A recent study shows the impact of sarcopenia on patients with non-metastatic breast cancer.

Conferences

Mark Pegram, MD, discusses the ongoing and planned clinical trials for abemaciclib and ribociclib in ER+ metastatic breast cancer, as well as the future implications for this class of agents in this patient population.
Mark Pegram, MD, discusses clinical data on the efficacy and safety of the FDA-approved CDK 4/6 inhibitor, palbociclib, in combination with letrozole in ER+ metastatic breast cancer.
Mark Pegram, MD, describes the rationale and mechanism for inhibiting this dysregulated pathway in estrogen receptor-positive metastatic breast cancer using selective CDK 4/6 inhibitors.
Genomic analysis revealed differences in the landscape of estrogen receptor-positive cancers when compared with ER+ primary tumors.

News

In some patients with estrogen receptor positive, human epidermal growth factor receptor 2 negative breast cancer, acquired HER2 mutations cause endocrine resistance.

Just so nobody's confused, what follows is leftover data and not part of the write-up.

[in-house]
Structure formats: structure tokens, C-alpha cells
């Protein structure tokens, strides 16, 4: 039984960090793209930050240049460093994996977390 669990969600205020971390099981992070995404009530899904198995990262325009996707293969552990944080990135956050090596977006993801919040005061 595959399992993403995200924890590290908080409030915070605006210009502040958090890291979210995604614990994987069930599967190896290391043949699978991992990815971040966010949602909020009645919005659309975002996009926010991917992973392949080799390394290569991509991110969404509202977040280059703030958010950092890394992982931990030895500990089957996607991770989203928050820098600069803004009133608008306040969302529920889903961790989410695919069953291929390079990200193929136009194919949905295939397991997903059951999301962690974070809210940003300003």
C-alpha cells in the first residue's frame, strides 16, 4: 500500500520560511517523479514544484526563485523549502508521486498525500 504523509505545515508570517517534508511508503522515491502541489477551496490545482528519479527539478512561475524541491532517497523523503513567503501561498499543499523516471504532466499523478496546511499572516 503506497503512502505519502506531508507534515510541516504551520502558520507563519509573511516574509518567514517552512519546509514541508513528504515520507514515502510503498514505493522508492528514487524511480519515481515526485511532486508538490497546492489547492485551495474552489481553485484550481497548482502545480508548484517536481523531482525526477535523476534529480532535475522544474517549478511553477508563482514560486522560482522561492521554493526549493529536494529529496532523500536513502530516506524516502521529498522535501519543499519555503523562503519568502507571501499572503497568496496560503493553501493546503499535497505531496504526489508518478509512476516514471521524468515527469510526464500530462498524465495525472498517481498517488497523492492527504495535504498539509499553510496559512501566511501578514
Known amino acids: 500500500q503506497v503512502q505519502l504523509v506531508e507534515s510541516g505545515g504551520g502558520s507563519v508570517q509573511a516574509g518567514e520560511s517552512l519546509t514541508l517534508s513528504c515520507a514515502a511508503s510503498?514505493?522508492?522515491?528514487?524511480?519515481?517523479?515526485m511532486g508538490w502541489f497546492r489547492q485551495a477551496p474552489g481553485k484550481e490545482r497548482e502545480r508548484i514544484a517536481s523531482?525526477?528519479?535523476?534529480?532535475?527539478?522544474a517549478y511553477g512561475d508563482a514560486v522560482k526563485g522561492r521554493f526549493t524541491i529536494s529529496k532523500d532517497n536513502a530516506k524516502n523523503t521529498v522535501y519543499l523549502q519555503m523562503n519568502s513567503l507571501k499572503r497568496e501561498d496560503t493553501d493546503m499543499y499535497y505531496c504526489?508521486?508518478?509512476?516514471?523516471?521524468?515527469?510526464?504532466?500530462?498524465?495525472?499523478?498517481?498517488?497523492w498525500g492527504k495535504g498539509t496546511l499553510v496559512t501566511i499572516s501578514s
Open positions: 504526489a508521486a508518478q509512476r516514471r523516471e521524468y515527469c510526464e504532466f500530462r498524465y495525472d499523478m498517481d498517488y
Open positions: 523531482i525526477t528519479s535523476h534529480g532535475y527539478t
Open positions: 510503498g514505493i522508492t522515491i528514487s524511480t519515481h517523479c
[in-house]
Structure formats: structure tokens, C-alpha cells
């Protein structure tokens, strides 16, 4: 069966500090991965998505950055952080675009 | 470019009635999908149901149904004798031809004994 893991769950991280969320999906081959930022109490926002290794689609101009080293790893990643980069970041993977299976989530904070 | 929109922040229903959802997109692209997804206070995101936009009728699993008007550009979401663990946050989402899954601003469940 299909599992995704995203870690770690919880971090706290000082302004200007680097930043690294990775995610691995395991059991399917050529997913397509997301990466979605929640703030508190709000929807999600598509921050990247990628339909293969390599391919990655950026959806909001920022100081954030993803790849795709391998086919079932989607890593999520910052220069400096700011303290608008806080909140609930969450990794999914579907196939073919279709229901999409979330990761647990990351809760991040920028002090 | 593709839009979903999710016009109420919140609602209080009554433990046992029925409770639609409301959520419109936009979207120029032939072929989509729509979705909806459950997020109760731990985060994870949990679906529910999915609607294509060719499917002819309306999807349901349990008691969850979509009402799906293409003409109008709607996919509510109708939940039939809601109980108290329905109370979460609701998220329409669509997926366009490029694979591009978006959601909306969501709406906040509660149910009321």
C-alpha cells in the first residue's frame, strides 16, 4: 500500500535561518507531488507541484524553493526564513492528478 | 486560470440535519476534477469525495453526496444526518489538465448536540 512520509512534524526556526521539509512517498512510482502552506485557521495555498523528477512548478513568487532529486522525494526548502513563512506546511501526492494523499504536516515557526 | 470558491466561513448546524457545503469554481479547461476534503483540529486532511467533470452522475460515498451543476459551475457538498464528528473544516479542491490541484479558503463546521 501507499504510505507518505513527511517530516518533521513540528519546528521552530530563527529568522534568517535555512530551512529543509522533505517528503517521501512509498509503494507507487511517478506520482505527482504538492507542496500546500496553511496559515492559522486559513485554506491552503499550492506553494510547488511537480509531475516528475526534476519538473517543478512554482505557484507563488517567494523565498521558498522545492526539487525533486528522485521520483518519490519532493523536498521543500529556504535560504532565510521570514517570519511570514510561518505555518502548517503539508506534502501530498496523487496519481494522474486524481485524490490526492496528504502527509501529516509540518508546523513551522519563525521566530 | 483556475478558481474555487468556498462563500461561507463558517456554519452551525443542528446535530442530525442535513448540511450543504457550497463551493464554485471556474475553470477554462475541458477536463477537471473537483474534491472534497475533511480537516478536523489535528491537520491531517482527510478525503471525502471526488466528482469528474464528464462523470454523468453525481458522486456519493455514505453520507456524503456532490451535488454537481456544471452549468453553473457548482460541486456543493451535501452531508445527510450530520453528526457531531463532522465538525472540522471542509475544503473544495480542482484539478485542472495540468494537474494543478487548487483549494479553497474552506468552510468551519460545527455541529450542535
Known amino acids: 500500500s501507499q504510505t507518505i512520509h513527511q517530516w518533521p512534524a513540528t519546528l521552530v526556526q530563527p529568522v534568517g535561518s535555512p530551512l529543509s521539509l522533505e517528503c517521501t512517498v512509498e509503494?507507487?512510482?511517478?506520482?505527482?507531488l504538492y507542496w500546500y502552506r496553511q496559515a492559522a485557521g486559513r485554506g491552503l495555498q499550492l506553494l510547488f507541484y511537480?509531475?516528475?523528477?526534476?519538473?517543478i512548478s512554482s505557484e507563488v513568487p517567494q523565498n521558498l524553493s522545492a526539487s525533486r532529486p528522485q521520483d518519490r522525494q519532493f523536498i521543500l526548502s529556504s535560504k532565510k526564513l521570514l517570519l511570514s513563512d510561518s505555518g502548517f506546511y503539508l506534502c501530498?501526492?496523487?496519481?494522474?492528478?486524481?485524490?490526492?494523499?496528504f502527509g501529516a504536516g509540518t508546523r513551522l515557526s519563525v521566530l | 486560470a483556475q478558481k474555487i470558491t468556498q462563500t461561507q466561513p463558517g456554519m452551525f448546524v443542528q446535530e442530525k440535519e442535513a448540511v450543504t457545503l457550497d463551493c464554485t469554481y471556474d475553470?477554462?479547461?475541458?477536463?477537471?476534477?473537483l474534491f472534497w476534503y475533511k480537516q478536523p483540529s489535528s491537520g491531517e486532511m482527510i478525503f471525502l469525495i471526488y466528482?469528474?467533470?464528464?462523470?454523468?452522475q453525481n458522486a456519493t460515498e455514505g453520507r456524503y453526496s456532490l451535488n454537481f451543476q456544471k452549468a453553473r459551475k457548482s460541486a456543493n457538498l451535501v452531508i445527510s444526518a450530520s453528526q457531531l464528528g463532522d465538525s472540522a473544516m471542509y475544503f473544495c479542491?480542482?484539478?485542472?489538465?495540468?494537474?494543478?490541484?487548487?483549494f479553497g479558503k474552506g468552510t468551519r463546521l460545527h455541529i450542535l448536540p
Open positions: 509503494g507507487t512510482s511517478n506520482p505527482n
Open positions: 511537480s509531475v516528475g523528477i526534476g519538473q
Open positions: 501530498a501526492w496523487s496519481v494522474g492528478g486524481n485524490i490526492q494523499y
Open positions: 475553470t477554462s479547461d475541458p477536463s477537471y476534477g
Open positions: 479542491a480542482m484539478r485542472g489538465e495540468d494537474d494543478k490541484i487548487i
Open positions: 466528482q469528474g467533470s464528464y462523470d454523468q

Breast cancer prognostic tests have shown significant variation in their abilities to predict disease recurrence.
Women who receive MRI screening for breast cancer are more likely to receive invasive surgical biopsies to look for tumors compared with women who only receive screening mammograms.
A panel of 18 SNPs “substantially improves” breast cancer risk prediction and identification of women who may benefit most from preventive therapy or additional screening.

Research in Review

A bone metastasis model has been created that simulates interactions between metastatic breast cancer cells and bone cells to determine effectiveness of different treatments.
Adding palbociclib to fulvestrant prolongs progression-free survival compared with fulvestrant alone among pre- and post-menopausal women with HR-positive/HER2-negative metastatic breast cancer.
Using body composition metrics to determine dosage of anthracyclines-taxane based chemotherapy for patients with breast cancer can reduce treatment-related toxicity, according to a study published in Clinical Cancer Research.
Women with breast cancer are more likely to discontinue chemoprevention therapy if menopause-specific symptoms negatively impact their quality of life (QOL).
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